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Working or stay-at-home mum? The influence of family benefits and religiosity

Author

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  • Ulrike Jäger

Abstract

It is a well-established fact that mothers' labour force participation reacts differently to different types of family benefits. It is also already well-known that cultural and religious factors have an impact on their labour force participation. But does the labour force reaction to family benefits differ among more religious mothers? In this paper, I analyse how both factors – benefits and religiosity – interact when it comes to the decision concerning labour force participation. Firstly, I present a theoretical model which predicts that this difference exists. Secondly, I test this prediction in a sample of pooled cross-section data from 10 OECD countries using different measures to assess the extent of religiosity. There is evidence that religious mothers react less than non-religious mothers to increases in family benefits. I also find important differences among various religious affiliations. These results imply that trends in religiosity should be considered when designing labour market policies.

Suggested Citation

  • Ulrike Jäger, 2010. "Working or stay-at-home mum? The influence of family benefits and religiosity," ifo Working Paper Series 84, ifo Institute - Leibniz Institute for Economic Research at the University of Munich.
  • Handle: RePEc:ces:ifowps:_84
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    File URL: http://www.cesifo-group.de/DocDL/IfoWorkingPaper-84.pdf
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    References listed on IDEAS

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    1. Florence Jaumotte, 2004. "Labour Force Participation of Women: Empirical Evidence on The Role of Policy and Other Determinants in OECD Countries," OECD Economic Studies, OECD Publishing, pages 51-108.
    2. Yann Algan & Pierre Cahuc, 2005. "The Roots of Low European Employment: Family Culture?," NBER Chapters,in: NBER International Seminar on Macroeconomics 2005, pages 65-109 National Bureau of Economic Research, Inc.
    3. Jonah B. Gelbach, 2002. "Public Schooling for Young Children and Maternal Labor Supply," American Economic Review, American Economic Association, vol. 92(1), pages 307-322, March.
    4. Alberto Alesina & Paola Giuliano, 2010. "The power of the family," Journal of Economic Growth, Springer, vol. 15(2), pages 93-125, June.
    5. Victor Hiller, 2014. "Gender Inequality, Endogenous Cultural Norms, and Economic Development," Scandinavian Journal of Economics, Wiley Blackwell, pages 455-481.
    6. Bonin, Holger & Euwals, Rob, 2001. "Participation Behavior of East German Women after German Unification," IZA Discussion Papers 413, Institute for the Study of Labor (IZA).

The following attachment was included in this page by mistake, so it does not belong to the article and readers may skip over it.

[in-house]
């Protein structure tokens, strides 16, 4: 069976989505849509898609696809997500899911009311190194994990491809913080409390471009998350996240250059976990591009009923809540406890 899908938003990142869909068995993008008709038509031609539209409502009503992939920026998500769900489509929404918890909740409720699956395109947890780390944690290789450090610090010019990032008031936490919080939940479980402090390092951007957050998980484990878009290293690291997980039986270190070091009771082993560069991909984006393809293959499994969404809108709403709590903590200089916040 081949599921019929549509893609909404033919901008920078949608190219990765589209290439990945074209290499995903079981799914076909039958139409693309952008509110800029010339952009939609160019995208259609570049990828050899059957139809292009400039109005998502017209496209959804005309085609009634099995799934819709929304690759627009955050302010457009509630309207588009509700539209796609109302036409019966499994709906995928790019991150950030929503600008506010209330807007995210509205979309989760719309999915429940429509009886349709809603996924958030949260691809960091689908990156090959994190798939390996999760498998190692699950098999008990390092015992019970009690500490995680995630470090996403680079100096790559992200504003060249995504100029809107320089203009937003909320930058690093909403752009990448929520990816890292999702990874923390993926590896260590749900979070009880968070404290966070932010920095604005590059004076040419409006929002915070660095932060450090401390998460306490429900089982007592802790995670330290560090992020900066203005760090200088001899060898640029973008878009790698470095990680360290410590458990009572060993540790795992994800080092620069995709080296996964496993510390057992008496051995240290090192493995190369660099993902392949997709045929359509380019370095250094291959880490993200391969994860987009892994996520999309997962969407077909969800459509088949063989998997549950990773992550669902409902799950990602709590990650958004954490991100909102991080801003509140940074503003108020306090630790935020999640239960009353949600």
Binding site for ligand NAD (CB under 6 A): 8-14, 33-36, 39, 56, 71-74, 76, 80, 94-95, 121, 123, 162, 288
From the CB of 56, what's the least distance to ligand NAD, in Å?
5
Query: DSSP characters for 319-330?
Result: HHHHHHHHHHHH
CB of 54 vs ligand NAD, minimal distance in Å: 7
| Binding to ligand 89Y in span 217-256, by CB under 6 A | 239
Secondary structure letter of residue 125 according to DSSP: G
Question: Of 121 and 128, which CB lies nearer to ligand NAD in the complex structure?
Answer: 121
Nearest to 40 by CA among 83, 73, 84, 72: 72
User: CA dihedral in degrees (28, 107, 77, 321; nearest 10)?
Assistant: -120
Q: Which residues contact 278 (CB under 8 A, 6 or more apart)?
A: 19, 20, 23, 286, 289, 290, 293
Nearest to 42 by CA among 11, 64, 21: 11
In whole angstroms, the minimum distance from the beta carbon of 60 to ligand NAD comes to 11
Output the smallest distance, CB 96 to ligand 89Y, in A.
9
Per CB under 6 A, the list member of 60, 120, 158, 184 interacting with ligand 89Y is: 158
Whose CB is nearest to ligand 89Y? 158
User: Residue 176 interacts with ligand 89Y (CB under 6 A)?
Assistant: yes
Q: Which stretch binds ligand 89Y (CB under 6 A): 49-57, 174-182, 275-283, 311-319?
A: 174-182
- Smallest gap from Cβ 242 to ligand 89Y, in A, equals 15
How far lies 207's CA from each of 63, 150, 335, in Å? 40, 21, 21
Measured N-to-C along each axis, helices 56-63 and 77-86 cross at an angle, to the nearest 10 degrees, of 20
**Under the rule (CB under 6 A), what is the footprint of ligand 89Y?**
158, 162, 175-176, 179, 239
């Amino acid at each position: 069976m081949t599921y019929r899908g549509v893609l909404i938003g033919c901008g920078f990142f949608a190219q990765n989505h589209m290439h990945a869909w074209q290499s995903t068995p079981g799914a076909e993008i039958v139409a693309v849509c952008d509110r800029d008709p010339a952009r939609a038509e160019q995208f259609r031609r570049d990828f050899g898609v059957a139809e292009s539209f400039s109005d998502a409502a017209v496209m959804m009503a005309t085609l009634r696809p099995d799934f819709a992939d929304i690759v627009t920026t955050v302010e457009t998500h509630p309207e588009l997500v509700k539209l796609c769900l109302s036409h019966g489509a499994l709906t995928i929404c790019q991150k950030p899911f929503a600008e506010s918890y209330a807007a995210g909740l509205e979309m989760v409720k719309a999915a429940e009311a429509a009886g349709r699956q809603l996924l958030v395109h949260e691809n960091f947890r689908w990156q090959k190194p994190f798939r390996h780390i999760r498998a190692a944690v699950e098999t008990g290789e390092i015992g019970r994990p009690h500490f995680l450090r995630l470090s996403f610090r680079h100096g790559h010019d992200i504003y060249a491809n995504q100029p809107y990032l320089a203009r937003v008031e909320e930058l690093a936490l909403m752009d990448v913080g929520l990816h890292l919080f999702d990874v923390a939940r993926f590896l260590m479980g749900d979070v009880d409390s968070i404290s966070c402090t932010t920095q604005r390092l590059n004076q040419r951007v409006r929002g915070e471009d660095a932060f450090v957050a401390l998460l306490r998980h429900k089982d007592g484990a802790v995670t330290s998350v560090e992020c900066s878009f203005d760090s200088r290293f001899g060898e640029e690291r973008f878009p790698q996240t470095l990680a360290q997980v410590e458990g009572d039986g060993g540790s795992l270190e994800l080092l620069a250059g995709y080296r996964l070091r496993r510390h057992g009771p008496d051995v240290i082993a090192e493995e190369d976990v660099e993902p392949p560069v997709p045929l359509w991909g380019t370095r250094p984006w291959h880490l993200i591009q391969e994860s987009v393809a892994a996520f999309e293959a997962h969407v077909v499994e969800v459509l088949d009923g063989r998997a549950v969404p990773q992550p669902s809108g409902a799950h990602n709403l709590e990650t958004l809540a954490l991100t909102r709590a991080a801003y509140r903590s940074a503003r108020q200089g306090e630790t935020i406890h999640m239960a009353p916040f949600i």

7. Ai, Chunrong & Norton, Edward C., 2003. "Interaction terms in logit and probit models," Economics Letters, Elsevier, vol. 80(1), pages 123-129, July.
    8. Gronau, Reuben, 1973. "The Intrafamily Allocation of Time: The Value of the Housewives' Time," American Economic Review, American Economic Association, vol. 63(4), pages 634-651, September.
    9. Edward C. Norton & Hua Wang & Chunrong Ai, 2004. "Computing interaction effects and standard errors in logit and probit models," Stata Journal, StataCorp LP, vol. 4(2), pages 154-167, June.
    10. A. Chevalier & T. K. Viitanen, 2002. "The causality between female labour force participation and the availability of childcare," Applied Economics Letters, Taylor & Francis Journals, vol. 9(14), pages 915-918.
    11. David M. Blau & Alison P. Hagy, 1998. "The Demand for Quality in Child Care," Journal of Political Economy, University of Chicago Press, vol. 106(1), pages 104-146, February.
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    Cited by:

    1. Pieters, Janneke & Klasen, Stephan, 2011. "Drivers of female labour force participation in urban India during India's Economic Boom," Proceedings of the German Development Economics Conference, Berlin 2011 65, Verein für Socialpolitik, Research Committee Development Economics.

    More about this item

    Keywords

    Female labour force participation; public benefits; culture; family attitudes;

    JEL classification:

    • H20 - Public Economics - - Taxation, Subsidies, and Revenue - - - General
    • J21 - Labor and Demographic Economics - - Demand and Supply of Labor - - - Labor Force and Employment, Size, and Structure
    • Z10 - Other Special Topics - - Cultural Economics - - - General
    • Z13 - Other Special Topics - - Cultural Economics - - - Economic Sociology; Economic Anthropology; Language; Social and Economic Stratification

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